Dominic Raab behaved so badly in a meeting with the Home Office during his first stint as Justice Secretary that his department’s senior official had to personally apologize to his counterparts by afterwards, the Guardian said.
Whitehall sources said the Deputy Prime Minister, who is the subject of two official complaints of alleged bullying, acted ‘so badly and inappropriately’ at a high-level meeting earlier this year that the Permanent Secretary of the Ministry of Justice (MoJ) was forced to call senior officials of then Home Secretary Priti Patel to express his regret.
An insider suggested that the Justice Department’s top official, Antonia Romeo, took the highly unusual step of apologizing on behalf of her minister to prevent the incident from escalating into a formal complaint. However, it is unclear if Raab was aware of his actions at the time.
Neither department denied the apology call took place. A Department of Justice spokesperson said: ‘The Department of Justice works hand in hand with the Home Office and calls between officials to monitor interdepartmental meetings are standard procedure.
Rishi Sunak has been questioned about his judgment on reappointing Raab as justice secretary after a series of allegations about his behavior towards officials from three different departments, including the Ministry of Justice, the Ministry of Foreign Affairs and the Brexit department.
Allegations of his ‘bullying’ have now sparked calls for an investigation into the ‘toxic culture’ at the Foreign Office as it oversaw the chaotic withdrawal of British troops from Afghanistan, similar to the Ministry of Foreign Affairs scrutiny. ‘Interior after the Windrush scandal.
The Prime Minister backed his deputy but agreed to open an investigation into two official complaints lodged against him by officials who worked with him at the Foreign Office and the Justice Ministry.
However, the investigation is on hold until No. 10 appoints an outside figure to carry it out. Sunak is also under pressure to fill the position of independent ethics adviser, which has been vacant for five months. Raab has previously said he has “never tolerated bullying” and has “always sought to empower and empower” public officials.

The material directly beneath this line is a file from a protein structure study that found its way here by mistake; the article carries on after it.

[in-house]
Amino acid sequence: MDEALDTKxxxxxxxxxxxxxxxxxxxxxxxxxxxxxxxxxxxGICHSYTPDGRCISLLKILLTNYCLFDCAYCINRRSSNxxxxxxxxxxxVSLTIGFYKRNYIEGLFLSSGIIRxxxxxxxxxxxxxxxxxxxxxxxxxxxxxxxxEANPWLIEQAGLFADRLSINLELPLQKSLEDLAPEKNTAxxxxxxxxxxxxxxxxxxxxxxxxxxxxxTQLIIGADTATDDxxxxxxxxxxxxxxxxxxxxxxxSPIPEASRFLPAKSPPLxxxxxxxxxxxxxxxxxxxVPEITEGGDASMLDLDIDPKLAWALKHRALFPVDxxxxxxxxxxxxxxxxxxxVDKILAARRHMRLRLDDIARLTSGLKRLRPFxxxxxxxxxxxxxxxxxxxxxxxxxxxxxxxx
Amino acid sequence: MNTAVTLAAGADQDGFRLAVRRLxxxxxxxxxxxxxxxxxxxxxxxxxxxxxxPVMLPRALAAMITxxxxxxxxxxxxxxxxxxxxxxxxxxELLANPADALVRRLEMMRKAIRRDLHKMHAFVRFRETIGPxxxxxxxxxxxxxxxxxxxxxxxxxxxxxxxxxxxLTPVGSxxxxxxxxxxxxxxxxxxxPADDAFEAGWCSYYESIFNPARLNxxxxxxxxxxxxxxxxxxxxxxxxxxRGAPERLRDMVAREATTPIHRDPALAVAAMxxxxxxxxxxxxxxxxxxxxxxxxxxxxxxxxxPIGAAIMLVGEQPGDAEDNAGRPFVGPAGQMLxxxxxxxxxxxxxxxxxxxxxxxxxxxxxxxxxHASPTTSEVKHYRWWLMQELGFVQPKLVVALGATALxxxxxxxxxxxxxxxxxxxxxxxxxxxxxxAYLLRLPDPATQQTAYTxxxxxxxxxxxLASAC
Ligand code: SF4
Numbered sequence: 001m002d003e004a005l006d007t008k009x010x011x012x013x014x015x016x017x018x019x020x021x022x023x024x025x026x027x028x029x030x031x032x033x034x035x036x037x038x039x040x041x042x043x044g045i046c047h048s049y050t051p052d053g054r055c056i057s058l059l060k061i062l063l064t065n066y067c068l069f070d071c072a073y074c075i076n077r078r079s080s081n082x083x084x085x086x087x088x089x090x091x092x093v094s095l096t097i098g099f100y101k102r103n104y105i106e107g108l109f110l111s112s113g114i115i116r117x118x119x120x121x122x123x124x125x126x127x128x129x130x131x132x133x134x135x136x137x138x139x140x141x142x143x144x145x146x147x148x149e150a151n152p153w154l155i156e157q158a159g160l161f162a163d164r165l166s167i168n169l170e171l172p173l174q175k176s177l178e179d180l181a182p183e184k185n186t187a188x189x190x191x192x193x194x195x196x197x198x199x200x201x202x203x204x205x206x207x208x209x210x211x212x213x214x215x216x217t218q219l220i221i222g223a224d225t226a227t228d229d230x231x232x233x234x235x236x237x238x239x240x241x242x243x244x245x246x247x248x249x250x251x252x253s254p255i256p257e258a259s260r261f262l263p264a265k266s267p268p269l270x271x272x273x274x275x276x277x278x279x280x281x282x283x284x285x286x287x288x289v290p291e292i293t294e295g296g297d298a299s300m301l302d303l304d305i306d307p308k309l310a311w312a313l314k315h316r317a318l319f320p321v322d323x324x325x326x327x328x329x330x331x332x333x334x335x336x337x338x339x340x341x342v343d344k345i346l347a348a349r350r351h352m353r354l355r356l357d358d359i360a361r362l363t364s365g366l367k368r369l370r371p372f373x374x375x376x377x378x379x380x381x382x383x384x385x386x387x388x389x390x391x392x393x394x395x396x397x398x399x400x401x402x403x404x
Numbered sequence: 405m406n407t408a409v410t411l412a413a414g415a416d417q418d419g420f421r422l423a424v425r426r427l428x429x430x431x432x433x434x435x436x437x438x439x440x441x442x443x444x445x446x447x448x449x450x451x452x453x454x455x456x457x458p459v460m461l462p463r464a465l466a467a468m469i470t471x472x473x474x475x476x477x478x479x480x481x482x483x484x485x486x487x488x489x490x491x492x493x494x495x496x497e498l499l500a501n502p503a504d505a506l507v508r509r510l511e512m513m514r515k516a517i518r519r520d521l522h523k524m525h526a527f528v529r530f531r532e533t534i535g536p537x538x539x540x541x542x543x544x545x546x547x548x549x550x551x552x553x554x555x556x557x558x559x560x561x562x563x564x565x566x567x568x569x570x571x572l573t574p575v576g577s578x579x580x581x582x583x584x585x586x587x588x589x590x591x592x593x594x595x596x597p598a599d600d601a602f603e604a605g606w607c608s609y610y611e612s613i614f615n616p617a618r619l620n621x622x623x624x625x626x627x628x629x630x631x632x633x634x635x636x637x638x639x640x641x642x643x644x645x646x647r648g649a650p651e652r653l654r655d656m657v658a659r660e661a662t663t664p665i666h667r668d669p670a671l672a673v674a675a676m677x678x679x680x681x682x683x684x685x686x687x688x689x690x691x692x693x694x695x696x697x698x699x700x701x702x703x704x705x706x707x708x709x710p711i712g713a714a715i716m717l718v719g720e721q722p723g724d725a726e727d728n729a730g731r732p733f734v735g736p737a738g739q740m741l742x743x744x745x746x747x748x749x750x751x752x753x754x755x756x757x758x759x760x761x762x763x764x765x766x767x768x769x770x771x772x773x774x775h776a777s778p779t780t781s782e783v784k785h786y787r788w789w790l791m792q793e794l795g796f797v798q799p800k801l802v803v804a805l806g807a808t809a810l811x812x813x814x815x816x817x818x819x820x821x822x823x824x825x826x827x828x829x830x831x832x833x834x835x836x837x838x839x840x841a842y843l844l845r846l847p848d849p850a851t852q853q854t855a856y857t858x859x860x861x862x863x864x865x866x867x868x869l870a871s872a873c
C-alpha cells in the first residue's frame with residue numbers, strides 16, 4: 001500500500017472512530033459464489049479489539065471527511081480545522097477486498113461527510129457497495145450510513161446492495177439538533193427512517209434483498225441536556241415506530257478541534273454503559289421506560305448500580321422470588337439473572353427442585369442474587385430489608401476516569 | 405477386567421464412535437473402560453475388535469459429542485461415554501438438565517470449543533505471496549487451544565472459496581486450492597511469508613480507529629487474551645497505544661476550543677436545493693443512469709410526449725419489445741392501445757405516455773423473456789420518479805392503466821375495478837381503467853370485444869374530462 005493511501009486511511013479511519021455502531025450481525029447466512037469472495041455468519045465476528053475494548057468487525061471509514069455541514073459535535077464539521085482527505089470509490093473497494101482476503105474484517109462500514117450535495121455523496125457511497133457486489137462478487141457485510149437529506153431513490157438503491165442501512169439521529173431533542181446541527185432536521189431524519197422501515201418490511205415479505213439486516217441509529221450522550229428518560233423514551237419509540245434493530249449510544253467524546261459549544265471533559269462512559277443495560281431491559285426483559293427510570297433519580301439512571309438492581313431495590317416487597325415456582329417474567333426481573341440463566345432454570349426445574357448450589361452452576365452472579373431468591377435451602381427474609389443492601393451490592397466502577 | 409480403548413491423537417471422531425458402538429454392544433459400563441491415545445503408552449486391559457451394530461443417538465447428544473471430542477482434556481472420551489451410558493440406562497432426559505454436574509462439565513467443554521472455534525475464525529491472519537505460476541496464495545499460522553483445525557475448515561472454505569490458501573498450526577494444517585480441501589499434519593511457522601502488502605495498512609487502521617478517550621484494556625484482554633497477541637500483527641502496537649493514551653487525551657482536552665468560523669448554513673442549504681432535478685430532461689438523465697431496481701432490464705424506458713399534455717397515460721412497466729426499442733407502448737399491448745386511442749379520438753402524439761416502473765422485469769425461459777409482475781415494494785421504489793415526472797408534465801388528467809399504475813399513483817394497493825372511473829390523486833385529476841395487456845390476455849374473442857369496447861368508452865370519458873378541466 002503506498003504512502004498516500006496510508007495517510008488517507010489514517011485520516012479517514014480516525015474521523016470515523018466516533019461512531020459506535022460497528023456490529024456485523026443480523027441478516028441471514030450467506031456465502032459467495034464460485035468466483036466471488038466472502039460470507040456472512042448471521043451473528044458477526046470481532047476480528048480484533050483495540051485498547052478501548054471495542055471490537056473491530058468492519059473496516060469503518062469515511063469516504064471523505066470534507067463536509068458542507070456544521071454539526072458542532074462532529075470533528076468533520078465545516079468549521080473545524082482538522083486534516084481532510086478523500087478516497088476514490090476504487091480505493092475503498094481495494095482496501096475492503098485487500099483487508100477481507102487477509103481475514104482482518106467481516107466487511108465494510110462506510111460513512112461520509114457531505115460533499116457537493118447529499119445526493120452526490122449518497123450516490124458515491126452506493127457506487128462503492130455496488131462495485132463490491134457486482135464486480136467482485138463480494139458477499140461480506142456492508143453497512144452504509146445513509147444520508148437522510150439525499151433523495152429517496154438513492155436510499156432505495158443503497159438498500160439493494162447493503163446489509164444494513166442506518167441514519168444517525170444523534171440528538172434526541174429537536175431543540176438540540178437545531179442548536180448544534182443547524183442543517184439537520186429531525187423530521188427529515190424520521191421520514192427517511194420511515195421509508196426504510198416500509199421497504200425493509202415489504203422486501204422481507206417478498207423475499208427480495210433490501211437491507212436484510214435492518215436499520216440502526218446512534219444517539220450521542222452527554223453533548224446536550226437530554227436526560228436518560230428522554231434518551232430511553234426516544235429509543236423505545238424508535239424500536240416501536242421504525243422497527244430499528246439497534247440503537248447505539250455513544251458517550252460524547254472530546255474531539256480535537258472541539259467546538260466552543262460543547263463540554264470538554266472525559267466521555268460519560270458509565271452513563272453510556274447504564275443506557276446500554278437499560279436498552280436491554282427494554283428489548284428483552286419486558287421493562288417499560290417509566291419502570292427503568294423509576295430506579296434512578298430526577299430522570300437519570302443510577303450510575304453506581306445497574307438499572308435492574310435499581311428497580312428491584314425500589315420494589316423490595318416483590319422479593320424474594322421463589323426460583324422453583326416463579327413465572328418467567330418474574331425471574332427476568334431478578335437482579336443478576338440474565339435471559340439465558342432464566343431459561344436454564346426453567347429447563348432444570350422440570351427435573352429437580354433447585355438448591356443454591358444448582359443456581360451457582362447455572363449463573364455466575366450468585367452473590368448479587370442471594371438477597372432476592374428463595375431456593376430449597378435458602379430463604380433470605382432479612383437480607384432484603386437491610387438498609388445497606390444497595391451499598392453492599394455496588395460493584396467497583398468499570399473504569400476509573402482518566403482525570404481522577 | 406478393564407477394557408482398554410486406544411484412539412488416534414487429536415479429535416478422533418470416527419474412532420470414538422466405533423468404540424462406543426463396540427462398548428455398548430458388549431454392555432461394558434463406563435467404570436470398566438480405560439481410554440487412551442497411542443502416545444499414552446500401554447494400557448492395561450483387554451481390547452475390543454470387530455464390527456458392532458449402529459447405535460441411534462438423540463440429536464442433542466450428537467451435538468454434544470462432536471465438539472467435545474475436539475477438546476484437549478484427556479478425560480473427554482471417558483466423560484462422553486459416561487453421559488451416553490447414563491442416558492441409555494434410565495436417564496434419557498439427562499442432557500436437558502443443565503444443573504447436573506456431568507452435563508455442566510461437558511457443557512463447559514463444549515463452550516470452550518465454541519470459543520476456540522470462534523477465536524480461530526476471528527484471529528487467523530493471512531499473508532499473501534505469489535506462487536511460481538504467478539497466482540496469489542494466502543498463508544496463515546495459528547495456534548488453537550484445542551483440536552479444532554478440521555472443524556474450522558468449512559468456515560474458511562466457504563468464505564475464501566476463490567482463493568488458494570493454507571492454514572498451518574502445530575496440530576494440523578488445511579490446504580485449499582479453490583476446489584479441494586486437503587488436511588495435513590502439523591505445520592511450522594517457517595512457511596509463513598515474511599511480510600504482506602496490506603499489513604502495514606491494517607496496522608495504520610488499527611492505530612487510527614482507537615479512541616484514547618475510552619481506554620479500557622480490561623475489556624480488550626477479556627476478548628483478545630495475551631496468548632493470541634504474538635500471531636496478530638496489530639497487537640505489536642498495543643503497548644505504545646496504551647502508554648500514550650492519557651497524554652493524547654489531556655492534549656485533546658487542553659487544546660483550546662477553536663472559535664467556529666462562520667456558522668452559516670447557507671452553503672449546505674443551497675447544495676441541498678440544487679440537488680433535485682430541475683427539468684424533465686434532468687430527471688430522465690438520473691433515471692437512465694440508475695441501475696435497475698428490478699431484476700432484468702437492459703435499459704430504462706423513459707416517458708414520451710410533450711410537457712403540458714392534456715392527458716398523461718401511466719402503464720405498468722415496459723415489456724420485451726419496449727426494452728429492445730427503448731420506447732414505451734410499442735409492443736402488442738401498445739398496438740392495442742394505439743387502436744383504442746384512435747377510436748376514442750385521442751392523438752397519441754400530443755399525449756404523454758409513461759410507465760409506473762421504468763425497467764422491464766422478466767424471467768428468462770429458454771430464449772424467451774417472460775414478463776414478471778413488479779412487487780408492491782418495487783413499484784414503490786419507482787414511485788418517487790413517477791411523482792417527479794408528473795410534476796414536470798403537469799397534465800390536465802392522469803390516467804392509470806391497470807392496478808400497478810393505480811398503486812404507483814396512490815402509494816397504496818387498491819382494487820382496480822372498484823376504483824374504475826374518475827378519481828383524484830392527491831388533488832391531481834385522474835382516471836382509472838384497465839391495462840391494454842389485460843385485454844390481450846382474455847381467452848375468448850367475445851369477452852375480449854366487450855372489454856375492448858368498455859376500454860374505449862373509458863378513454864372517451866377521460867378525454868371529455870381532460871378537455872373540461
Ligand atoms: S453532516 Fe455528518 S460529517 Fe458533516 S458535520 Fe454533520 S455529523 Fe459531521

Angela Rayner, Labour’s deputy leader, said: ‘Dominic Raab leaves a trail of senior civil servants forced to spend their time apologizing for his toxic behavior and reading the riot act to him, instead of focusing on the safety of Britons on our streets.
“This disgraceful incident shows that his misconduct is not only an embarrassment to the ministry he claims to lead, but is hampering the smooth functioning of government.
“Rishi Sunak promised to bring integrity to the steps of No 10, but now the deputy he reappointed is already facing an independent investigation into his conduct with a host of revelations about his unacceptable behavior throwing a shadow over his government.”
The Guardian reported that his refusal to speak to some Foreign Office staff he considered ‘time wasters’ led to ‘blockages’ during the evacuation from Afghanistan, staff from two departments he headed being forced to take sick leave due to his alleged behavior.
Sources said the Deputy Prime Minister’s conduct compounded the chaotic exit of British forces during the Taliban takeover of Kabul in August 2021, which officials said was “expensive” and caused “long-term” damage.
Allegations of Raab’s ‘bullying’ behavior have led Labor to call for a culture inquiry into the Foreign Office along the lines of Wendy Williams’ sweeping scrutiny of the Home Office after the Windrush scandal.
David Lammy, Labour’s shadow secretary of state for foreign affairs, said there appeared to have been a “deeper pattern of toxicity, dysfunction, intimidation and falling morale” which could have “damaged the ‘Britain’s influence on the world stage’.
He also cited an internal civil service survey that found the Foreign Office ranked among the bottom three departments for leadership: state offices.
“Great British diplomats deserve to have ministers who maintain the highest standards and treat them with dignity and respect.
“In addition to the individual investigations into Raab that are already underway, the FCDO needs an independent review of its culture to learn from the Conservatives’ failure, so that a department that could once boast of being a model for diplomatic services around the world to start over.
New figures, obtained by the Guardian, also reveal that no civil servant working in the Foreign Secretary’s private office left the department in 2017-19, when Boris Johnson and Jeremy Hunt were in charge.
Raab led the department from July 2019 to September 2021, and his tenure coincides with an increase in departures: 24% in the 2019/20 financial year, 28% in 2020/21 and 12% in 2021/22. Allies suggested the departures were coincidental.